jharvie673
jharvie673

I dislike the word "stupid" but my vocabulary fails me when discussing W8/8.1. Who was the genius that thought up the requirement for you to have to log in to use your own machine? I do real work on a machine; if I want to play with tiles I'll go buy a Dominoes set.

jeffgoodman
jeffgoodman

I was experiencing the problem frequently and sought help on the MS Forum boards.  MS rep provided all the same steps as outlined above.  Nothing worked.  When you go to the "more account settings" online, there is "Recent Activity" and I was receiving constant errors attributed to Internet Explorer trying to log in.  No further details but it was clear that too frequent log ins with errors would indeed cause a verification process.  (My default browser is Chrome).  I do have a laptop and WinPhone as well.  I did the above steps numerous times.  I even completely changed my password twice.   Finally, nothing would work.  I could not verify no matter what I did and had to change my password for a third time.  3 times a charm as they say.  The problem has not reoccurred since.   Very strange.  I am wondering if the latest updates corrected something - because I think the timing of the update coincided with the resolution of the issue... but maybe not. 

mjc5
mjc5

Wow - if anything shows W8 is an abject failure, it has to be this.

marvin
marvin

Good going Greg.  The same thing happened to me a couple of weeks ago and I came close to reinstalling Windows 8.1.  I stumbled around and eventually came to the same conclusion you had, and the problem was fixed.  Unfortunately I did not document exactly what I did and have been dreading the same thing occurring in the future.  So thanks for doing such good job of providing a step by step process that works.  


I might add an advisement that all users of Microsoft accounts take the time to periodically review their profiles.  This is to make sure that Microsoft has the current cell phone numbers and alternative EMAILS which are used in the verification process.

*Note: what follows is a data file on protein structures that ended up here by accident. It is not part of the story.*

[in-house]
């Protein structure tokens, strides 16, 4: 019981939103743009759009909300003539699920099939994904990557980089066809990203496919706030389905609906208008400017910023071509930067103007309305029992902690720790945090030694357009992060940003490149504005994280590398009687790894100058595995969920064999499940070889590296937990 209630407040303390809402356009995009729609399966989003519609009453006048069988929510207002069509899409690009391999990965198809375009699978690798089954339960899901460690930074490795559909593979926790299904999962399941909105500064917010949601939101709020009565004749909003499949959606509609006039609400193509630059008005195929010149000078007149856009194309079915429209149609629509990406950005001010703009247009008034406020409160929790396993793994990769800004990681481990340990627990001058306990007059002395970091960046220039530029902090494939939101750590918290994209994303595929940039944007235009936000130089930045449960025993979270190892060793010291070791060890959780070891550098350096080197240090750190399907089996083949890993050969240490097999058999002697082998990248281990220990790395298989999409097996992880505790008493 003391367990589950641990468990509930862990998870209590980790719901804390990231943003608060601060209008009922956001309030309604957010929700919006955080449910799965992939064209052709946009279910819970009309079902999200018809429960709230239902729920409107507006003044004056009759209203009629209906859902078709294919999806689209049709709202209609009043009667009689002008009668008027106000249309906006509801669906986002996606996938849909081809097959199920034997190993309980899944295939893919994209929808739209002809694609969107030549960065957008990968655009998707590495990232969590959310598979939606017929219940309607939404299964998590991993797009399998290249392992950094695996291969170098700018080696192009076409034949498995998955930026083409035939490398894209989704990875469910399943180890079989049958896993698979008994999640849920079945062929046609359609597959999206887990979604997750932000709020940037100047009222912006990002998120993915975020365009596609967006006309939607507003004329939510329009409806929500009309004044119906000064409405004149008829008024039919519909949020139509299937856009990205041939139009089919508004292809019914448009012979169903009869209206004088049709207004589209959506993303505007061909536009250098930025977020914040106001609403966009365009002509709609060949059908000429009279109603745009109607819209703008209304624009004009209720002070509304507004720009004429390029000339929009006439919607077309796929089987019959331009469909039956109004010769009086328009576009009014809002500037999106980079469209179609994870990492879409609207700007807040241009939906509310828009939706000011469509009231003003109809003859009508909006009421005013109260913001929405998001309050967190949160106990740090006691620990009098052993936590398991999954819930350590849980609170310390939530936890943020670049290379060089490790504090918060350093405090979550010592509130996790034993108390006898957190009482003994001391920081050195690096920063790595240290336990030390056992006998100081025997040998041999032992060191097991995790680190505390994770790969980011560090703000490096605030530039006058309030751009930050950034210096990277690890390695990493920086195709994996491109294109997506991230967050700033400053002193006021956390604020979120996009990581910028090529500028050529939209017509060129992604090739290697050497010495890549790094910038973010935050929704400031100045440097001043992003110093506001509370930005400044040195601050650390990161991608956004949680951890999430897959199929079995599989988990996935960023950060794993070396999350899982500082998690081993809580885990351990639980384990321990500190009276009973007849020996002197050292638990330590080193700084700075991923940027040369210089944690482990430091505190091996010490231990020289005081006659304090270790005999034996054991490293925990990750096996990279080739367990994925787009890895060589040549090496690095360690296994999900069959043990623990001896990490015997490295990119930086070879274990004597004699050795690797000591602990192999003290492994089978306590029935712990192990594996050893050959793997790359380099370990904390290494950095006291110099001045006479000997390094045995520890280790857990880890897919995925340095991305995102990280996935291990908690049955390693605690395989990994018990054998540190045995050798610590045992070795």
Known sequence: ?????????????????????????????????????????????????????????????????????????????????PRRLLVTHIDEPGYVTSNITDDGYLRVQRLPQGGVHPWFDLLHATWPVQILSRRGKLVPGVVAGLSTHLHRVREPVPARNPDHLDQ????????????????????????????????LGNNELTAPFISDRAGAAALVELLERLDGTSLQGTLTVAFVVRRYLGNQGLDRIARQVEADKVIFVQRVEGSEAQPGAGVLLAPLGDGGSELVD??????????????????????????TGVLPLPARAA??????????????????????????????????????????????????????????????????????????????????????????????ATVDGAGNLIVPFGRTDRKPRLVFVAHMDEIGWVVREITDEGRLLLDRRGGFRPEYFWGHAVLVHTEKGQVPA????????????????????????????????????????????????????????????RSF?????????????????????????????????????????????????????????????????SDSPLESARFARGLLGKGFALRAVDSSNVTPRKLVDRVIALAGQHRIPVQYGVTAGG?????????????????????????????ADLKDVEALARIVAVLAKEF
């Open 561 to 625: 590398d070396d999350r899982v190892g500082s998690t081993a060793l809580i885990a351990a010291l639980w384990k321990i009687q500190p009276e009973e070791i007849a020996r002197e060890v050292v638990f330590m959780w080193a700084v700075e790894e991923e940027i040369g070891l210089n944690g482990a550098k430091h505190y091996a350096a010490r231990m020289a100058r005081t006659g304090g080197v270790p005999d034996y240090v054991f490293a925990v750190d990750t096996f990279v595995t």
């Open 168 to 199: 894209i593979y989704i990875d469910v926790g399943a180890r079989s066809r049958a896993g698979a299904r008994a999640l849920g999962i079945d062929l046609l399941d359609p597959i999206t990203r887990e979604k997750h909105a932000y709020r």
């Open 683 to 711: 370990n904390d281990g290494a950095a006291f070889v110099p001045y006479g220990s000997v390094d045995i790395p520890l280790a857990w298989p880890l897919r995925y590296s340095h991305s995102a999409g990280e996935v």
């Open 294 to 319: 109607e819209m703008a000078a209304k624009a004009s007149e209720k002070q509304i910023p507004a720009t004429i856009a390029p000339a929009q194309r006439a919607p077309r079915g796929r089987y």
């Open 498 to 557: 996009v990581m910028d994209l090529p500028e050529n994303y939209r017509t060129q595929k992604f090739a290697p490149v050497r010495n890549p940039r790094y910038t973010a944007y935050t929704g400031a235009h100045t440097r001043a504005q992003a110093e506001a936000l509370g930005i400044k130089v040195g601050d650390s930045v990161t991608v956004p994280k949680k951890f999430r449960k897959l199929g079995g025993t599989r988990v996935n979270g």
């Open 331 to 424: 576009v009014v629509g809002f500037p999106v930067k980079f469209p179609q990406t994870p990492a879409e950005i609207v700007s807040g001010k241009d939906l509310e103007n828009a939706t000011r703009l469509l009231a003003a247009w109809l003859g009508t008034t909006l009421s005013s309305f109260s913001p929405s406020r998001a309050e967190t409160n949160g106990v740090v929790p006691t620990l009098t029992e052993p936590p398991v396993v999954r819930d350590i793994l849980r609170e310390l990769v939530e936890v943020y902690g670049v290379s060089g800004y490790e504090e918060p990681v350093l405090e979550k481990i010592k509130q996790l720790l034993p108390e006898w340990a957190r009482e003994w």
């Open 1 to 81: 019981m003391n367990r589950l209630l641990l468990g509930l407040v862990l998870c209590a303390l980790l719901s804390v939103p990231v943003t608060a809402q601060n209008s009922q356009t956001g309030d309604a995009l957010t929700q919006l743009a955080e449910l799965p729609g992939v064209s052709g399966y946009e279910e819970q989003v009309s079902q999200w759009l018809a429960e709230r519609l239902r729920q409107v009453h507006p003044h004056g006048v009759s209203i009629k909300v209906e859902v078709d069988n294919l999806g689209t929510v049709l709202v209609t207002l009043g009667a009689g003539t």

squirrelpie0
squirrelpie0

Been using - sort of- Win 8 for about a year. It has very few features I find superior to Win 7, and a whole bunch that are simply not. Metro is a convoluted mess. I will continue to use it as I have a Dell DV8P tablet but find I am using the touch function less and less in favour of a BT mouse and keyboard or a stylus.


In spite of good, polite support from Dell (the unit is flaky -either a hdwe or OS prob. I am about ready to give up in favour of an android tablet. Even my old Playbook functions better, just doesn't have the apps I want.

tvmuzik
tvmuzik

Nice tip. That confirms I can avoid Windows 8 like the plague.

Staying with XP and Win7 until WinBetter comes up.  "WinBetter"- I invented that term.
Rodo1
Rodo1

@tvmuzik  Love your "WinBetter" term! I went through this same account business while initially setting up Win 8 on a new machine. Ridiculous! Windows just get worse with every iteration!

mjc5
mjc5

@tvmuzik  Perhaps the computer industry would be better served if they did not tie their health to an operating system not ready for prime time.


Loves me my Cinnamon Mint.